Uncovering Hungarian Jewish Displaced Persons using the International Tracing Service Archive

The Wiener Library, 29 Russell Square, London
Uncovering Hungarian Jewish Displaced Persons using the International Tracing Service Archive image
Event has ended
This event ended on Monday 19th of June 2017

Free but registration via The Wiener Library website essential

Venue Information

The Wiener Library
Russell Square, WC1B 5DP

Nearest Stations

Russell Square 0.17 miles



Please note: as you will no doubt be aware COVID-19 is leading to many events being cancelled or postponed. Please check with the organisers of any event listed here to confirm it is going ahead as planned.

Approximately 565,000 Hungarian Jews fell victim to the Holocaust. Despite the fact that mass deportations started only in March 1944, every tenth victim of the Shoah was a Hungarian Jew. According to a report, in the beginning of 1946 around 70?80 percent of surviving Jewry - between 100,000 and 160,000 people - intended to emigrate. This number could have been even higher considering the dubious stance of those in power as well as antisemitic riots, pogroms, blood libels between 1945 and 1948 in Hungary. However, in the end, their actual number was much lower than expected. Only approximately 40,000 Jews left the country. Most became displaced persons assisted by the International Refugee Organization.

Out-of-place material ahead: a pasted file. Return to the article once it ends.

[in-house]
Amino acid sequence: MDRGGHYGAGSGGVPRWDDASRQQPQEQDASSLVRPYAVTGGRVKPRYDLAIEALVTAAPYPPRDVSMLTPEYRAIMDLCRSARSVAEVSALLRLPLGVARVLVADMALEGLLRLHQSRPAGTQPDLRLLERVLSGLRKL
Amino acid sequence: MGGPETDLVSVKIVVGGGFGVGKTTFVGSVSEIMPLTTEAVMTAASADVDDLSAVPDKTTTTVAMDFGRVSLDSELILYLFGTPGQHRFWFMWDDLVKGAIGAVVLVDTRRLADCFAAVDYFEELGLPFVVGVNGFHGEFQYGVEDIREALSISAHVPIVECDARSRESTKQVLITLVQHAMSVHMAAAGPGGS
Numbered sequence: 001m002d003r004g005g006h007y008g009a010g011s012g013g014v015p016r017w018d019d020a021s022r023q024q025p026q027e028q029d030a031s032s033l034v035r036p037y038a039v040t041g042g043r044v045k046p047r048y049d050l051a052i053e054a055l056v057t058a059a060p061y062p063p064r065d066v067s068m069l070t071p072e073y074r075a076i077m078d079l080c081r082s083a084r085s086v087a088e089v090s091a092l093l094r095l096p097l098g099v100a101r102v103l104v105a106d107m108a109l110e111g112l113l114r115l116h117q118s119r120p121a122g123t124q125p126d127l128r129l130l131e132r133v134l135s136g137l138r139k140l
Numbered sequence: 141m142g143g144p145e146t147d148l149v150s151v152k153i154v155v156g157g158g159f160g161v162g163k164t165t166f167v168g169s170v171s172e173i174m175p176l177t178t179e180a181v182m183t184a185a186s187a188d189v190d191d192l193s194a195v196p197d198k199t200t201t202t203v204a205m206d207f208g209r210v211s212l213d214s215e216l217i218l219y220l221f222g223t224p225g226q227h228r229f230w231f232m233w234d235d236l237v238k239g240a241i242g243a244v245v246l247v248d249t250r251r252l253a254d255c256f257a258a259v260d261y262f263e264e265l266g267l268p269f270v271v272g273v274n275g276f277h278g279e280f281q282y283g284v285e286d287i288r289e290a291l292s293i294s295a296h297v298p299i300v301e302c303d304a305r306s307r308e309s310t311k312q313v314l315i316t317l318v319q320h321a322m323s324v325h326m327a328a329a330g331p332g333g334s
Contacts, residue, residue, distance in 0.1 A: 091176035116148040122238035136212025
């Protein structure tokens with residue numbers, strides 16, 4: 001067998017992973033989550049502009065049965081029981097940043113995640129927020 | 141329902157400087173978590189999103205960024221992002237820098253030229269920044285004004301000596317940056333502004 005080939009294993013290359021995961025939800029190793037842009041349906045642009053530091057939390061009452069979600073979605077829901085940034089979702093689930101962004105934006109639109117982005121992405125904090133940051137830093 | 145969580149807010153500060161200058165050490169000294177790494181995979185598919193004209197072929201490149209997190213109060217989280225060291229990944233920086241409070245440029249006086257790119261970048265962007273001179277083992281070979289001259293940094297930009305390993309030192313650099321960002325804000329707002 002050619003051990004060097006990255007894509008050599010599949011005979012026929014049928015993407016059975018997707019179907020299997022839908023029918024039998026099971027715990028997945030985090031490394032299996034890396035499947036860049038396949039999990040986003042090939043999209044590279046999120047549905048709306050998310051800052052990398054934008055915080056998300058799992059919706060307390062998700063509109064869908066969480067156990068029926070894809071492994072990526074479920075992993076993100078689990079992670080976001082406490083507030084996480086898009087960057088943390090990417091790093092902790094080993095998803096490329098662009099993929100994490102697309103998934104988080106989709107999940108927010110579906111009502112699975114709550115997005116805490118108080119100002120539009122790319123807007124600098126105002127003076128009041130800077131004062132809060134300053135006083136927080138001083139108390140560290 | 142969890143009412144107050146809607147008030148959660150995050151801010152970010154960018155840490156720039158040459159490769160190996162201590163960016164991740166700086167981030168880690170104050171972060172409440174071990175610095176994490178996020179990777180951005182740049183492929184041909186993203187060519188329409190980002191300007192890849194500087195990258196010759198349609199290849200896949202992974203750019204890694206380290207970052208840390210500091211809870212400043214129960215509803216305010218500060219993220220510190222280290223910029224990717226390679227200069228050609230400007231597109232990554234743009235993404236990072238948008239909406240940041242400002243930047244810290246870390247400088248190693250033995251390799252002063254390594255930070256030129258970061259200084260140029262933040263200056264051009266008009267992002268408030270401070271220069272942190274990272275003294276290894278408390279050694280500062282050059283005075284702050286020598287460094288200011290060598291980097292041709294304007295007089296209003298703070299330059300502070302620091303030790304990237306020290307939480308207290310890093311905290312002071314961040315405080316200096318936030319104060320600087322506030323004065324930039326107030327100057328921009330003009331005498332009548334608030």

Until the opening of the International Tracing Service (ITS) Digital Archive to the public in 2007, we lacked sufficient information about these individuals. As a sociologist dealing with quantitative research methodology and engaged in social history, Barna has found tremendous potential in digital archival sources like the ITS to recreate the paths Hungarian DPs took after the war.

This talk will demonstrate how the ITS Digital Archive, available in the UK only at The Wiener Library, offers an opportunity to explore the under-researched topic of Hungarian Jewish displaced persons. The aim of the talk is to present the theoretical and methodological background and to reveal the first findings of Dr Ildikó Barna’s research project.

The talk will be chaired by Dr Gábor Kádár.


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